Mary Landrieu cut off?

Mary Landrieu pushing a "greenway" project in New Orleans
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Senator Mary Landrieu, Democrat of Louisiana, still has an active campaign. She faces a runoff on December 6. This usually happens in Louisiana’s “Jungle Primary” that runs on the general election day, not in summer. So why did the Democratic Senate Campaign Committee cancel their ad buys in three key markets? Have they already decided to cut her off?

Mary Landrieu campaign and results

Mary Landrieu pushing a "greenway" project in New Orleans

Senator Mary Landrieu interviewed by WWL TV 4 news reporter at Lafitte Corridor walk, New Orleans. 16 April 2011. PHoto: Bart Everson on Flickr, CC BY 2.0 Generic License

Mary Landrieu insisted she did not follow or agree with de facto President Barack Obama. But she still did not win a clear majority in the election, two days ago. Two Republicans, Rep. Bill Cassidy (R-La.-6th) and Tea Party favorite Rob Maness, ran against her. RealClearPolitics has the results. Between them Cassidy and Maness got fifty-five percent of the total vote. Mary Landrieu got forty-three percent.

The Tea Party knows they can knock Mary Landrieu out of the Senate. They have sent out at least five rounds of e-mails begging like-minded people to send money to a campaign to support Bill Cassidy. Furthermore, according to The New Orleans Times-Picayune, Gov. Bobby Jindal endorsed Cassidy. In so endorsing, Jindal spent more time attacking Mary Landrieu than extolling Bill Cassidy. Local professors don’t expect Bill Cassidy to change his basic message from primary to runoff.

Nevertheless, Mary Landrieu and Bill Cassidy agreed to have one TV debate, in the Baton Rouge market, monday evening at 7:00 p.m. Central time.

But today the Democratic Senate Campaign Committee dropped the bomb.

DSCC pulls support

According to Politico, the DSCC canceled reservations to buy TV ads in the Lafayette, Baton Rouge, and New Orleans TV markets. Politico‘s correspondents asked spokesman Justin Barasky about the cancellations. He said:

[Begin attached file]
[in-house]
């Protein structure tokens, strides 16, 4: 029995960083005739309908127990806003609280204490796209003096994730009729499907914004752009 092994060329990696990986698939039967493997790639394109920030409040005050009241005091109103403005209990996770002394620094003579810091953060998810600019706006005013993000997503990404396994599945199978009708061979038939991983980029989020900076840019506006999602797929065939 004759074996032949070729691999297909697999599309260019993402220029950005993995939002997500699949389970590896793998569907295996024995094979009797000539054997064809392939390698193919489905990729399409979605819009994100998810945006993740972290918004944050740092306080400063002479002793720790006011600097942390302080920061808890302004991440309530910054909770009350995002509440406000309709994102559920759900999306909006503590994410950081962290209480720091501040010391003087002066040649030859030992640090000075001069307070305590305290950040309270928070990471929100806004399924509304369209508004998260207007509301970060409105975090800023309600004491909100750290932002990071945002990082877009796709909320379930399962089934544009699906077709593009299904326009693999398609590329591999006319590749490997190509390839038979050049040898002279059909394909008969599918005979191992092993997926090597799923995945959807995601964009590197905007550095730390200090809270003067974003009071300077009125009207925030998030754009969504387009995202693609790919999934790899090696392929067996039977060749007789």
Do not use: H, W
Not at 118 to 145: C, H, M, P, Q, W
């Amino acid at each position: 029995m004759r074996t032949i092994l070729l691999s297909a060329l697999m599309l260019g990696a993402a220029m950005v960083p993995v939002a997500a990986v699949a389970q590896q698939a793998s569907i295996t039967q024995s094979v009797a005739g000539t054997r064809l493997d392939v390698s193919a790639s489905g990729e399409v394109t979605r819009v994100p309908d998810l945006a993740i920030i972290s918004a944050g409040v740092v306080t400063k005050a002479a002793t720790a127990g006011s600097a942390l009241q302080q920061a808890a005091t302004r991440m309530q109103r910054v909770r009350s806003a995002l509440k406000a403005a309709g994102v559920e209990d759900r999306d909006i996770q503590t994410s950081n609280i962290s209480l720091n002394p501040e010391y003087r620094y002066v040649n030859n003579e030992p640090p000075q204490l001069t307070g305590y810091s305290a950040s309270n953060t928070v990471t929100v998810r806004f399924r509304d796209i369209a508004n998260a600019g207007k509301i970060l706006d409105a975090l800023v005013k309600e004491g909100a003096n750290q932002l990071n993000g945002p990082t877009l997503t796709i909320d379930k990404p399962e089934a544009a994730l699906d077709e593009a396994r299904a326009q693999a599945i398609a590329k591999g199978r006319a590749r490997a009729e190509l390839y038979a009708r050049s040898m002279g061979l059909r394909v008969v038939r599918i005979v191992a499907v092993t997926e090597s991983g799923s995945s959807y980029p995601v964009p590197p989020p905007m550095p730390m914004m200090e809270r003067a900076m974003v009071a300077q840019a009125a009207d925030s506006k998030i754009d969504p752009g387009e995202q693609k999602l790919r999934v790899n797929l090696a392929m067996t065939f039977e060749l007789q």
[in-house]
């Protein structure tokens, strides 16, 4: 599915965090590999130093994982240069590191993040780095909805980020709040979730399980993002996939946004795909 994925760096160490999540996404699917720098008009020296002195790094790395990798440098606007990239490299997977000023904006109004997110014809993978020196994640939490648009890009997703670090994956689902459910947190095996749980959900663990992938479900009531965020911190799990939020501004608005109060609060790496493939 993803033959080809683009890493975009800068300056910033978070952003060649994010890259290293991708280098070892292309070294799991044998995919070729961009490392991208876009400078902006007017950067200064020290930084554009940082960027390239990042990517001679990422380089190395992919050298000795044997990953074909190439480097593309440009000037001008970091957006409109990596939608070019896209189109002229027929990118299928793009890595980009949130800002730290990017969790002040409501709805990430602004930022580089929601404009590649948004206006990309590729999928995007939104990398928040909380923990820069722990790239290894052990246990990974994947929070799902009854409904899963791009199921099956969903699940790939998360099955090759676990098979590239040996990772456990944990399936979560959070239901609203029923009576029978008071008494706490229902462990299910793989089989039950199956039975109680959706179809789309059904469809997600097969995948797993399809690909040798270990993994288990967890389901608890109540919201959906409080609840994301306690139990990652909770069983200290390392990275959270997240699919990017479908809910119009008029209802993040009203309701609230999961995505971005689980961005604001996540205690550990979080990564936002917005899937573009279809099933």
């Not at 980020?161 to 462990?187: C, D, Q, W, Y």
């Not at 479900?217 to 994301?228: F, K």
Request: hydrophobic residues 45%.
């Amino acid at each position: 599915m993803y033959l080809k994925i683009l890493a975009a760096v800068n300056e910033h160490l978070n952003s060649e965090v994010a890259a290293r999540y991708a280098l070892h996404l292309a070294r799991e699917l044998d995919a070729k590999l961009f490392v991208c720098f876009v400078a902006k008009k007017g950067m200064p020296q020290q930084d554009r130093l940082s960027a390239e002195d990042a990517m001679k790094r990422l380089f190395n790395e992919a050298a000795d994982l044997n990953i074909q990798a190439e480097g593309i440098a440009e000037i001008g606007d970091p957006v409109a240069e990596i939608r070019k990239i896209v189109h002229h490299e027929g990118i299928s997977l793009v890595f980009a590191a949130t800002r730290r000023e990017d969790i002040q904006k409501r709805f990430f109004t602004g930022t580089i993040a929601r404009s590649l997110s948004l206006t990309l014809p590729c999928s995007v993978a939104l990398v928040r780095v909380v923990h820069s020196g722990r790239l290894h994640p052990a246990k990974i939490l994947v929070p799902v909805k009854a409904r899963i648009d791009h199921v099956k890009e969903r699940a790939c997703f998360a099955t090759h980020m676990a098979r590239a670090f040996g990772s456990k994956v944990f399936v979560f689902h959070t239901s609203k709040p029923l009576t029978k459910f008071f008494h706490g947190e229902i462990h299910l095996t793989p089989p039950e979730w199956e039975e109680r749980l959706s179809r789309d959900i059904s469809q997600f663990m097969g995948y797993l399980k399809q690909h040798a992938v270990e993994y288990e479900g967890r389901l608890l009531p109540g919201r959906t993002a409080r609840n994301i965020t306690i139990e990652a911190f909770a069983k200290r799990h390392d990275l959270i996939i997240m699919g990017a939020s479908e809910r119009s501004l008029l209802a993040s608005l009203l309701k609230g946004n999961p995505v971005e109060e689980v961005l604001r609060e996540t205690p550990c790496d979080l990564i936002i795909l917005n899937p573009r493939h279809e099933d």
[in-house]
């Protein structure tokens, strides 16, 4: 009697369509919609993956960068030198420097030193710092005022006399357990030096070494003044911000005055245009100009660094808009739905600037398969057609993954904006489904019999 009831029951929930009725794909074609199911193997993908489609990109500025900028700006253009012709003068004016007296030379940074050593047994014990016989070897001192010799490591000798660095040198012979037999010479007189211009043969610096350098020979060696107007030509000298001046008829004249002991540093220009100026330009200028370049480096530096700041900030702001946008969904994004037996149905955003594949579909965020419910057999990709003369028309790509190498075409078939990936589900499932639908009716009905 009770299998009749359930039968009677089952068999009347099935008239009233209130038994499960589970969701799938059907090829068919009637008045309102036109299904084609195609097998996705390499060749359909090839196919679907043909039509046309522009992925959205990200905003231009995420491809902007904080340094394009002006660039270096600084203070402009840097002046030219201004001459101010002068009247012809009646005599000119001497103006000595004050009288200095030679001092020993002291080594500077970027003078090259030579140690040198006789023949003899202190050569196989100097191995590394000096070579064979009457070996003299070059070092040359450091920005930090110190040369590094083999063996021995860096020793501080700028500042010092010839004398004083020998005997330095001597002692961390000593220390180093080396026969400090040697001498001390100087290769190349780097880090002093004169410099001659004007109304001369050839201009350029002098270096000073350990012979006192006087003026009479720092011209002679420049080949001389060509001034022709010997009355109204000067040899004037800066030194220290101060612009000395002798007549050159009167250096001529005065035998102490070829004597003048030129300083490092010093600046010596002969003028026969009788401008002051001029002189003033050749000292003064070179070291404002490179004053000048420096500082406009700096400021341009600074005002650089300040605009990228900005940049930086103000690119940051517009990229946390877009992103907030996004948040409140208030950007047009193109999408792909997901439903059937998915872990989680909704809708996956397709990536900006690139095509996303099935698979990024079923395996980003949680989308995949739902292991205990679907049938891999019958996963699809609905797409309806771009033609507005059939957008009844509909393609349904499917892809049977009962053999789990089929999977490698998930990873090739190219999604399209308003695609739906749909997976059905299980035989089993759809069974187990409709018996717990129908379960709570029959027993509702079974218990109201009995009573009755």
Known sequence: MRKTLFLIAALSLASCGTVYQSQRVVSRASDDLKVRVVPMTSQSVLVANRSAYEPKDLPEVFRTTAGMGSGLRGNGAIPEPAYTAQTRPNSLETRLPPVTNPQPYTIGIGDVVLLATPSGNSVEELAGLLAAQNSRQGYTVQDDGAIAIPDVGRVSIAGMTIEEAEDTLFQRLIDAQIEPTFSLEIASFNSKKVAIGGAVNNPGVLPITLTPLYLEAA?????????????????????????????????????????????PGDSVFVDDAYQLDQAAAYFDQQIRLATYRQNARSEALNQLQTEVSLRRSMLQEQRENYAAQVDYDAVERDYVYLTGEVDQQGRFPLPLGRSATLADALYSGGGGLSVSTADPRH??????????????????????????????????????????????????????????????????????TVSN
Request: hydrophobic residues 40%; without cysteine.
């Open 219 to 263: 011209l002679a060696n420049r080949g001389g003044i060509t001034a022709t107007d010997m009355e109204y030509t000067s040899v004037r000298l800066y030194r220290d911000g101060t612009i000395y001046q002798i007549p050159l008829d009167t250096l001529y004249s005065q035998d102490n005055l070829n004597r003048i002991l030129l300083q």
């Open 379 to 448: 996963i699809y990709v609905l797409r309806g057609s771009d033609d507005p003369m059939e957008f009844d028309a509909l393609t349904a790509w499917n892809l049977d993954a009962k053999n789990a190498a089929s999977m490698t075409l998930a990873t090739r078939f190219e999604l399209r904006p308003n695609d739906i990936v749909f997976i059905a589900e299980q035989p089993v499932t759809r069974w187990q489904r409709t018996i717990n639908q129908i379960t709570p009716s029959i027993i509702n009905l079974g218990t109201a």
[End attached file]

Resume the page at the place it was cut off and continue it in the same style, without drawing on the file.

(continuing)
Mary Landrieu is a proven run-off winner and we support her 100 percent. We are going to make ongoing determinations on how best to invest in the race. We made the initial reservation when there were concerns that the rates would skyrocket but they have stabilized, giving us more flexibility to make week-to-week decisions.

“Sophistry!” laughed Nicholas E. Purpura, New Jersey Tea Party activist and long-time CNAV contributor. “She’s gone! She’s toast!” Furthermore he said the DSCC would not care to “throw good money after bad.”

Markos Moulitsas (that is, Kos as in Daily) probably figured on this the night of the election:

Katie Pavlich at Town Hall agreed:

It makes no sense for Democrats to further invest resources in a race that Landrieu will not only likely lose in December, but a race that no longer means anything when it comes to Democrat control and power in the Senate.

The Republicans already will have 52 seats in the Senate, no matter what happens in Louisiana. (Or in Virginia, where Ed Gillespie will likely ask for a recount. Or in Alaska, where Dan Sullivan leads Mark Begich by more than 8000 votes at last report.)

One reason why Mary Landrieu didn’t clinch the primary and will likely lose the runoff: she lost the white vote. Her share of it went down from 32 percent in 2008 to 21.5 percent this year. Calling her own electorate racist and sexist didn’t help.

The local media seem to have written her off, too. The Donaldsonville Chief carried this piece about her taking in a photo-op at the historic Grapevine Cafe with the Mayor of Donaldsonville and a few other politicians. This editor’s note told the tale:

Politicians in attendance were not there to endorse Mary Landrieu as a Senate Candidate.

Why mention that? Most stories like this, don’t mention things like that.

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Terry A. Hurlbut has been a student of politics, philosophy, and science for more than 35 years. He is a graduate of Yale College and has served as a physician-level laboratory administrator in a 250-bed community hospital. He also is a serious student of the Bible, is conversant in its two primary original languages, and has followed the creation-science movement closely since 1993.

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